My Lords, it is not the practice of the Government to respond to every casual article in any particular newspaper, whether it is a weekly or a Sunday newspaper. Over the years we have taken a great deal of time and trouble endeavouring to make quite sure that the position as regards sheep dipping is entirely understood. We shall continue to do that. I understand that even "The Archers" programme has been involved in describing the position.

Baroness Turner of Camden

My Lords, would it not be better, in view of the criticisms that have frequently been made, if the use of this substance were outlawed altogether? Incidentally, we should thank the noble Countess, Lady Mar, for the diligence with which she has pursued this issue on behalf of those who work in farming. Is the Minister confident that, if it is not outlawed, the Health and Safety Executive has a sufficiently strong inspectorate to ensure that the use of this substance is properly monitored?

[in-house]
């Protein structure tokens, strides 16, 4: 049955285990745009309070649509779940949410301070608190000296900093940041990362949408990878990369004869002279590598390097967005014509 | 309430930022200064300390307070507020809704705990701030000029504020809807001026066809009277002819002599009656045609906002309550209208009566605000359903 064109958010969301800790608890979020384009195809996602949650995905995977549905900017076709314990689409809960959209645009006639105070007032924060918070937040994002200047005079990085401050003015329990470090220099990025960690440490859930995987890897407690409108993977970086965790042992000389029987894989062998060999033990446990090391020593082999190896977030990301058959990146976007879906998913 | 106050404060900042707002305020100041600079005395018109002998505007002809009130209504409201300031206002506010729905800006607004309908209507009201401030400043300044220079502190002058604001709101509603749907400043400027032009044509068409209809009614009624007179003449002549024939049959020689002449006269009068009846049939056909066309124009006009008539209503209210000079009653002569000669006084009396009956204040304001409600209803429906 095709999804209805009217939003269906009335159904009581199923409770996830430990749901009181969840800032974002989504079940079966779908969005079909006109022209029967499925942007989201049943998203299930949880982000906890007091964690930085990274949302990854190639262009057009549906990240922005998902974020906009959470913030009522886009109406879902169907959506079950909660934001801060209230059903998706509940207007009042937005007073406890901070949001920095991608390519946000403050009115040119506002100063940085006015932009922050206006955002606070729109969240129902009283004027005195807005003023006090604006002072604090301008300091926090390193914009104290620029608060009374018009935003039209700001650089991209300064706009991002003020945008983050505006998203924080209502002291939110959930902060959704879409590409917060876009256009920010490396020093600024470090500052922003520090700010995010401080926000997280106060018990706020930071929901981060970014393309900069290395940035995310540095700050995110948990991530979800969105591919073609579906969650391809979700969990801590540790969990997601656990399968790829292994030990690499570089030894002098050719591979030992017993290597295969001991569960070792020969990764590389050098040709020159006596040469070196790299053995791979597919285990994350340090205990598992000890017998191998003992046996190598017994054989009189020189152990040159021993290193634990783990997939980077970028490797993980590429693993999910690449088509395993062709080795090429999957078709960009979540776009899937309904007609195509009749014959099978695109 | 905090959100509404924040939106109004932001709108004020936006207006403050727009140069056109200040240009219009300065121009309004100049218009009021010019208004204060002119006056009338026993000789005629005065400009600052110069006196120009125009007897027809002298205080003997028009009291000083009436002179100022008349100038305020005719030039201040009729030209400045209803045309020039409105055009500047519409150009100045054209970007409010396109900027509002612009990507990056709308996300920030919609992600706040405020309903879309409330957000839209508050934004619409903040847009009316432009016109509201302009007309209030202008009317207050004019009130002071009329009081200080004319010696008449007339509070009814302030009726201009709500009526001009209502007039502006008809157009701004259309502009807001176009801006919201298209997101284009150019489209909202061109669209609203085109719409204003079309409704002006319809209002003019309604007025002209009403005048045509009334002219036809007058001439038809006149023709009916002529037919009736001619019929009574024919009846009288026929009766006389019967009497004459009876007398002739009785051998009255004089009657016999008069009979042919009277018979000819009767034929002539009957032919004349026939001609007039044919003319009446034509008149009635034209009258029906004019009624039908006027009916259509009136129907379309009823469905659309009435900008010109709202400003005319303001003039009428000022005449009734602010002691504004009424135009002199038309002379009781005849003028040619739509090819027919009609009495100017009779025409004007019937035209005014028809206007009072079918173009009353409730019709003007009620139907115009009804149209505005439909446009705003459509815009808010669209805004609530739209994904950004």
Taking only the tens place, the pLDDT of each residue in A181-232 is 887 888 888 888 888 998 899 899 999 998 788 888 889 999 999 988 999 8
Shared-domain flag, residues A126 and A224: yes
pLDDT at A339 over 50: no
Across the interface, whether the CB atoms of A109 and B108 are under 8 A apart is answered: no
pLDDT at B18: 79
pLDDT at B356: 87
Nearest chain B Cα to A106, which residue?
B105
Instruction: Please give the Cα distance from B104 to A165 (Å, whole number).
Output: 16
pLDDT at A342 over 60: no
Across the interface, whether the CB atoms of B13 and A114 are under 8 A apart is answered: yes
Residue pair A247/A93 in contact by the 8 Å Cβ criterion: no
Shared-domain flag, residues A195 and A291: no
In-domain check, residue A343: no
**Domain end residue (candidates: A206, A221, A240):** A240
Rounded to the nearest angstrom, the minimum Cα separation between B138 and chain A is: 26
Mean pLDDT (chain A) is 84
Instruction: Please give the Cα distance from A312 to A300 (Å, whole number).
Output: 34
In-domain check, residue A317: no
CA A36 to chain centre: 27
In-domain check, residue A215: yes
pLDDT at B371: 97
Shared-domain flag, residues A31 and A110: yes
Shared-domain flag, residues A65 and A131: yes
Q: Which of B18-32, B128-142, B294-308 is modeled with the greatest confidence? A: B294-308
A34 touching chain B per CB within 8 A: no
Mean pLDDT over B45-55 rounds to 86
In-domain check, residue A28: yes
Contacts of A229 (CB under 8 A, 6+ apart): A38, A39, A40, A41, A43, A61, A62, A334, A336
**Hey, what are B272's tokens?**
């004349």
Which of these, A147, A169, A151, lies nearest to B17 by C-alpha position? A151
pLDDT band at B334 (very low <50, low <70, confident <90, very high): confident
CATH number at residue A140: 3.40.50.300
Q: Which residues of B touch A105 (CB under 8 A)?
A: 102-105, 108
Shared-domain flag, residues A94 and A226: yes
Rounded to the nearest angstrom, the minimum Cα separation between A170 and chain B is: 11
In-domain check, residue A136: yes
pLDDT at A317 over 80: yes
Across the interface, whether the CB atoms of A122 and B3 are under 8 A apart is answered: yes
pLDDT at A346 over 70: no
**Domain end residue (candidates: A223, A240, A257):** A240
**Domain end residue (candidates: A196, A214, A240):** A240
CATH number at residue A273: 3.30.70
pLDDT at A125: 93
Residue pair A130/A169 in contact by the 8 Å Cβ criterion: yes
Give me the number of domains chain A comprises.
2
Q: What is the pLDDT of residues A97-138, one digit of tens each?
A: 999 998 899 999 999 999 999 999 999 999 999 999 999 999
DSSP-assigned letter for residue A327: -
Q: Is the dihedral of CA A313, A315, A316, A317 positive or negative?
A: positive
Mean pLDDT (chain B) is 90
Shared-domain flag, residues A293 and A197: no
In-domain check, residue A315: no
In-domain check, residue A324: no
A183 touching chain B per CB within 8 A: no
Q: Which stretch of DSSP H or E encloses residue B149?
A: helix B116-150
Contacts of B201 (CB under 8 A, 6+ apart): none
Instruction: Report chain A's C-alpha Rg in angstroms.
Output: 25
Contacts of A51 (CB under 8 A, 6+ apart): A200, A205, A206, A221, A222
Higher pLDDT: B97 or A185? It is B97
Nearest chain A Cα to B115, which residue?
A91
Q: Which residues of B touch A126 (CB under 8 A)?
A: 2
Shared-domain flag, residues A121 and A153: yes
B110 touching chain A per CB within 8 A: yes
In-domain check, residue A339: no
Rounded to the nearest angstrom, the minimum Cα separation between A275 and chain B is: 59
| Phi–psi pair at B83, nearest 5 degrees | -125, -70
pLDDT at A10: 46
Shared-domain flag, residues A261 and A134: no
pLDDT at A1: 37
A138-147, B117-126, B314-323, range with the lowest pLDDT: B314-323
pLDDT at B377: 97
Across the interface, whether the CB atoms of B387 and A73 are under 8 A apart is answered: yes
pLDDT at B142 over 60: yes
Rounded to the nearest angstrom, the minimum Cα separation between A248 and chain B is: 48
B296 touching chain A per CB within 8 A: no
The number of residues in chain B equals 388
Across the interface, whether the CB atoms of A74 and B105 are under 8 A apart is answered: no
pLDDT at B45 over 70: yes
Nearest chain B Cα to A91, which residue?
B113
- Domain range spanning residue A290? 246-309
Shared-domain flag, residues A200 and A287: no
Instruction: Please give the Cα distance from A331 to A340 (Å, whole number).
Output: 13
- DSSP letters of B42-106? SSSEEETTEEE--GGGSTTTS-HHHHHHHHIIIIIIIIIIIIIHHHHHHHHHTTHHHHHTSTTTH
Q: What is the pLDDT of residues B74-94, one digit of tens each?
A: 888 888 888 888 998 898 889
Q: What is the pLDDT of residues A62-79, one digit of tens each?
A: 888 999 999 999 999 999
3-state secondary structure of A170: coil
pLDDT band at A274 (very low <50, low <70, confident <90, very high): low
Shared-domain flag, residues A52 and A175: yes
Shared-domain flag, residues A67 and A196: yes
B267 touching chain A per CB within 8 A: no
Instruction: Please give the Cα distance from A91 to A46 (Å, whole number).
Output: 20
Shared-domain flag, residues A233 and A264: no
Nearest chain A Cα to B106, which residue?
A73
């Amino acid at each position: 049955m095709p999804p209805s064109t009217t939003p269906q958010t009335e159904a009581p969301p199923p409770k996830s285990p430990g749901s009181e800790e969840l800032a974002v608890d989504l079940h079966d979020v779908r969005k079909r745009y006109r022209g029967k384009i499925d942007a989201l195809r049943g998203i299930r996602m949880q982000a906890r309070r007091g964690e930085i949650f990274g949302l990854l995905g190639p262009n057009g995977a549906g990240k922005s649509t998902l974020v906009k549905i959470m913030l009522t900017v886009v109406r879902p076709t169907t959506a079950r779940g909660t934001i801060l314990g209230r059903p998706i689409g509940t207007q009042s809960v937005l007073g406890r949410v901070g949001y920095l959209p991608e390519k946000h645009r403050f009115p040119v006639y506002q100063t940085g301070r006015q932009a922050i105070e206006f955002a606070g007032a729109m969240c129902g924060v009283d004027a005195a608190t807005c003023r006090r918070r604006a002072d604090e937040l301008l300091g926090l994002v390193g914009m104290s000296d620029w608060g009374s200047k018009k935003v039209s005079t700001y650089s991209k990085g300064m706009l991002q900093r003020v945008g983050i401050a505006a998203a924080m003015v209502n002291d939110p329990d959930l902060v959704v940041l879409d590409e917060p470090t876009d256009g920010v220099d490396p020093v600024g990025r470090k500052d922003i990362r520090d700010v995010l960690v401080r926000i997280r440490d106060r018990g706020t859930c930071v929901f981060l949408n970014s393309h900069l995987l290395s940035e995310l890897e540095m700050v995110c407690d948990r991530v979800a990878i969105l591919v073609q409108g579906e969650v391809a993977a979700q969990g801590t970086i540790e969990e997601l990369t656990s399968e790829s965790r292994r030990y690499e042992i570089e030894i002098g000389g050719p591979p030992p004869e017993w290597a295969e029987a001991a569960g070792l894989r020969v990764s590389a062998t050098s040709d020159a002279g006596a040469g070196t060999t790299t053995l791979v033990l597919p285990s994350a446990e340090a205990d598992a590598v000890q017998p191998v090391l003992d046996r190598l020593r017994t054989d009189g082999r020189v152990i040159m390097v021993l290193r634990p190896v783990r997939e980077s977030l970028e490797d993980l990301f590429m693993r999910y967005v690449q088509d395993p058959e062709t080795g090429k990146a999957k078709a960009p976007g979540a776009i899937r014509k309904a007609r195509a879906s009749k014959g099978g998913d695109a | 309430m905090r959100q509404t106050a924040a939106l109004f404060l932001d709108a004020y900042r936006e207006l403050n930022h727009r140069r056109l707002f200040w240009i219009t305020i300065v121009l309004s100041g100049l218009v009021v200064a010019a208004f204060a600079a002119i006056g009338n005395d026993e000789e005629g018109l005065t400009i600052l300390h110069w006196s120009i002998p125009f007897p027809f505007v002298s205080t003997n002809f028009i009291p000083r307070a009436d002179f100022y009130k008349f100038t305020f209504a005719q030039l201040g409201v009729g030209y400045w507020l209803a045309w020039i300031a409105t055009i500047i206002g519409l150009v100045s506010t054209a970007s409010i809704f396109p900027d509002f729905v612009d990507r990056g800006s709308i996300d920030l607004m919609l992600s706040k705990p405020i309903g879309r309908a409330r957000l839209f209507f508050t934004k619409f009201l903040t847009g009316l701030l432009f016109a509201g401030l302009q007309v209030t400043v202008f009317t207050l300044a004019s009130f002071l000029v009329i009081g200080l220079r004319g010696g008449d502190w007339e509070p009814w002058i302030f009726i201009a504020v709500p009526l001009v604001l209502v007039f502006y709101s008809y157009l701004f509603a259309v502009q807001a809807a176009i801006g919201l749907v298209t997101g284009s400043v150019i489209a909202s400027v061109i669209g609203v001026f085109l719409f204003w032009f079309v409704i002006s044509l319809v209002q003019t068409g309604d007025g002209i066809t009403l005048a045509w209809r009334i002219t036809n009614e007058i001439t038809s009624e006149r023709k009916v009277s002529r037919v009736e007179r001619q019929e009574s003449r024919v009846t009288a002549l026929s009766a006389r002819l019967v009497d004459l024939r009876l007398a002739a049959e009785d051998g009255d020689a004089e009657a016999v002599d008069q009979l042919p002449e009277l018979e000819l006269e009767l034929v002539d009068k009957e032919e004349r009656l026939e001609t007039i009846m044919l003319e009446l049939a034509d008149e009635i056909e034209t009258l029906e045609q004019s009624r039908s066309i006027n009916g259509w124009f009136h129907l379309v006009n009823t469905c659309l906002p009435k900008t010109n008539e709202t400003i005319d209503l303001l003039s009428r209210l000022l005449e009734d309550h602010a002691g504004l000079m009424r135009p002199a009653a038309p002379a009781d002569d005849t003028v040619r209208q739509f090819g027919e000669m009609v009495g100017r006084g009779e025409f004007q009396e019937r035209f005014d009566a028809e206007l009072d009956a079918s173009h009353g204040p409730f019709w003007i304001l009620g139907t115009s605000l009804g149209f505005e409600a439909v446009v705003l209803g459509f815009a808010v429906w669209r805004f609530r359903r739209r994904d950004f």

Lord Inglewood

My Lords, the noble Baroness is quite right to point out the service that the noble Countess has done in drawing this matter to our attention. There are certain circumstances where OP dips are the best and probably the only form of dip which can he used. In those circumstances we believe, as we have always believed, that provided they are used properly, both in accordance with the law and in accordance with the principles of common sense, there is absolutely no case for outlawing them.